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Phase 3 trial in metastatic non-small cell lung cancer


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http://www.cancerfacts.com/Home_News.as ... erTypeId=4

Source: (Business Wire)

Friday, October 14, 2005

BOSTON – Oct 14, 2005 (Business Wire) – Point Therapeutics, Inc. (NASDAQ: POTP) announced that it initiated its Phase 3 program in metastatic non-small cell lung cancer (NSCLC). This news follows a successful End-of-Phase 2 meeting with the Food and Drug Administration.

"We are pleased with our End-of-Phase 2 meeting discussions with the FDA and the fact that there were no major changes to the Phase 3 study protocols. We look forward to continuing to clinically develop talabostat in this advanced lung cancer population," said Dr. Margaret Uprichard, chief development officer and senior vice president of Point Therapeutics.

Point's Phase 3 program will further evaluate the company's lead compound, talabostat, in patients with Stage IIIB/IV NSCLC after failure of a platinum-based chemotherapy. The program will consist of two randomized, double-blind, placebo-controlled trials in up to 800 patients at approximately 100 sites in North America. The first 400-patient trial has opened to enrollment. This trial will evaluate talabostat in combination with docetaxel versus docetaxel with placebo.

The second 400-patient trial will evaluate talabostat in combination with pemetrexed versus pemetrexed with placebo. Docetaxel and pemetrexed are the current standard of care in this advanced patient population. The primary study endpoint is progression-free survival. Secondary endpoints include overall survival, objective response rate, complete response, duration of response and quality of life.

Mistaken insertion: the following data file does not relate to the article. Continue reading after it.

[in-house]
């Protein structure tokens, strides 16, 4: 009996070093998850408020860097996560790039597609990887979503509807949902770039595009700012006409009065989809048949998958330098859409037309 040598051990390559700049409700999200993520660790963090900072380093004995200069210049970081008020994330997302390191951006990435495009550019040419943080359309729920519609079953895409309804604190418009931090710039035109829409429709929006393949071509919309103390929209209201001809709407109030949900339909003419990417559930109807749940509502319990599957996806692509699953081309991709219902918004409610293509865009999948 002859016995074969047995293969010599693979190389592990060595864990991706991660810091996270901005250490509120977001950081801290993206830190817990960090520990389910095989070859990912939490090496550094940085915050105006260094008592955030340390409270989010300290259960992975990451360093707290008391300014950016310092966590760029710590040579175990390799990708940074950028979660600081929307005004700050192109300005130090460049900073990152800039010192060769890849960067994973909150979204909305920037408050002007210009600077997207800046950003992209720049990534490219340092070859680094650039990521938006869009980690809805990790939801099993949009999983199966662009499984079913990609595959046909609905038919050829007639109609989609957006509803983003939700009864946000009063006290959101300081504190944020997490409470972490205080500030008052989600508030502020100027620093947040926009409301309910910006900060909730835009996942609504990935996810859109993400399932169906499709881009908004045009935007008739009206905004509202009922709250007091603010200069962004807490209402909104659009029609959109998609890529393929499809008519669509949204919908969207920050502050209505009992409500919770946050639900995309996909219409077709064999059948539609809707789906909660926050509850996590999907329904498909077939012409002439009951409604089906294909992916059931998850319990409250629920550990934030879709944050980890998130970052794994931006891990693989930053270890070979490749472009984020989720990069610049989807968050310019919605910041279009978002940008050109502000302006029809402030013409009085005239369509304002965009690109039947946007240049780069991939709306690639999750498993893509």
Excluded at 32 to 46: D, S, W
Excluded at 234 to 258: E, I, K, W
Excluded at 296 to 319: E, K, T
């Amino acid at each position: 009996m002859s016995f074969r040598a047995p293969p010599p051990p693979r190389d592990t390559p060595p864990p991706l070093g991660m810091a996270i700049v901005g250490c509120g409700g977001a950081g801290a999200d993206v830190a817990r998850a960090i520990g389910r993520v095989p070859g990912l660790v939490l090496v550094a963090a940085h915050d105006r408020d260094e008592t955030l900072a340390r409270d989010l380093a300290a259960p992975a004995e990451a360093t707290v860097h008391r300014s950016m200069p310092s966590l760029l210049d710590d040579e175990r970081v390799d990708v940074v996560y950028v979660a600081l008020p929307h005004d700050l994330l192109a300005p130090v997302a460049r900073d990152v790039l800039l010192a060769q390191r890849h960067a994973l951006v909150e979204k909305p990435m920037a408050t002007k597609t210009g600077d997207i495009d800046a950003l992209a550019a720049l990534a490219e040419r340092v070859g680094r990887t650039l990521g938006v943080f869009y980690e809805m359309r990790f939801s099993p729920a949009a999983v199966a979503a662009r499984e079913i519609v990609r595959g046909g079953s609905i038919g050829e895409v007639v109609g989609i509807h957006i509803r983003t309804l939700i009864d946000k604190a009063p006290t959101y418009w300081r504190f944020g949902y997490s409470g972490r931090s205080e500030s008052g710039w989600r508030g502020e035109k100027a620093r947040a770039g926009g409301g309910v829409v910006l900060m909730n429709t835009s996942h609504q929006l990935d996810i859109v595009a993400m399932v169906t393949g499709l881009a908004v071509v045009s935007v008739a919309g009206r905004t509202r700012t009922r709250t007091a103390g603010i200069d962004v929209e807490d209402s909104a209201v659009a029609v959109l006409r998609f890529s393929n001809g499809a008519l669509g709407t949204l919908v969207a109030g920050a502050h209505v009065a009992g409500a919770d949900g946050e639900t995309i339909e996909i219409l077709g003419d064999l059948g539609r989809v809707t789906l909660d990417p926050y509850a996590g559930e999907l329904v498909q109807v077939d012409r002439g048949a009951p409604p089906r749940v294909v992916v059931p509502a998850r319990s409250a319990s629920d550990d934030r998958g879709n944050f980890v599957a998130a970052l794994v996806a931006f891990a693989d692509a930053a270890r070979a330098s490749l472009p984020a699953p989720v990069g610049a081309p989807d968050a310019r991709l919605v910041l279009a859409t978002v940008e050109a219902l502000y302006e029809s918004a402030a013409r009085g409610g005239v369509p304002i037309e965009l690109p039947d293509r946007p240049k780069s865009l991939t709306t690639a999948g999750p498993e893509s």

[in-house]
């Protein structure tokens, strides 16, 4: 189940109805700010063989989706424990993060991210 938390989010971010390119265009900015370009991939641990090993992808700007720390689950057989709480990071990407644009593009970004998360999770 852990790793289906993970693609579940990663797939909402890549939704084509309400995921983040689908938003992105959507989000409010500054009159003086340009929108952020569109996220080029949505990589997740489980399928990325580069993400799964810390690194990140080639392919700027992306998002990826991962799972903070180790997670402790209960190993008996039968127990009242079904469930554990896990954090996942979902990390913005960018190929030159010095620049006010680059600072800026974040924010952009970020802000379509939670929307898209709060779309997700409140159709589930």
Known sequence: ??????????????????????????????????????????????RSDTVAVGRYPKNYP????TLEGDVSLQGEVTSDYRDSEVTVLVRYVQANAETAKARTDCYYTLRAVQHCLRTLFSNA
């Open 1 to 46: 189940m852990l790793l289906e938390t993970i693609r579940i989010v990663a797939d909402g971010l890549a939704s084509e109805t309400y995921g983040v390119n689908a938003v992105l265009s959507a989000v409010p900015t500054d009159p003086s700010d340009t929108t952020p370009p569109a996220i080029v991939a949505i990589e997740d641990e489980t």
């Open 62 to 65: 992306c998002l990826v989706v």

"I am encouraged by the positive results in Point's Phase 2 trial of talabostat and docetaxel. As reported at this year's ASCO meeting" said Dr. Casey Cunningham, an oncologist at Mary Crowley Medical Research Center in Dallas. "Five patients demonstrated at least a 50 percent reduction in tumor size, of which two had a complete response, defined as a complete disappearance of their tumor. To see complete responders in a second or third line setting in advanced non-small cell lung cancer is rare and merits further study.

"Talabostat has the potential to become an important treatment for non-small cell lung cancer and the initiation of Point's Phase 3 program is a significant step towards achieving this goal," said Cunningham, who is also a member of Point's Clinical Advisory Board.

Talabostat is taken orally and has the potential to be used in both solid and hematologic malignancies and in combination with a range of chemotherapies, monoclonal antibodies and other forms of cancer treatment, according to the company.

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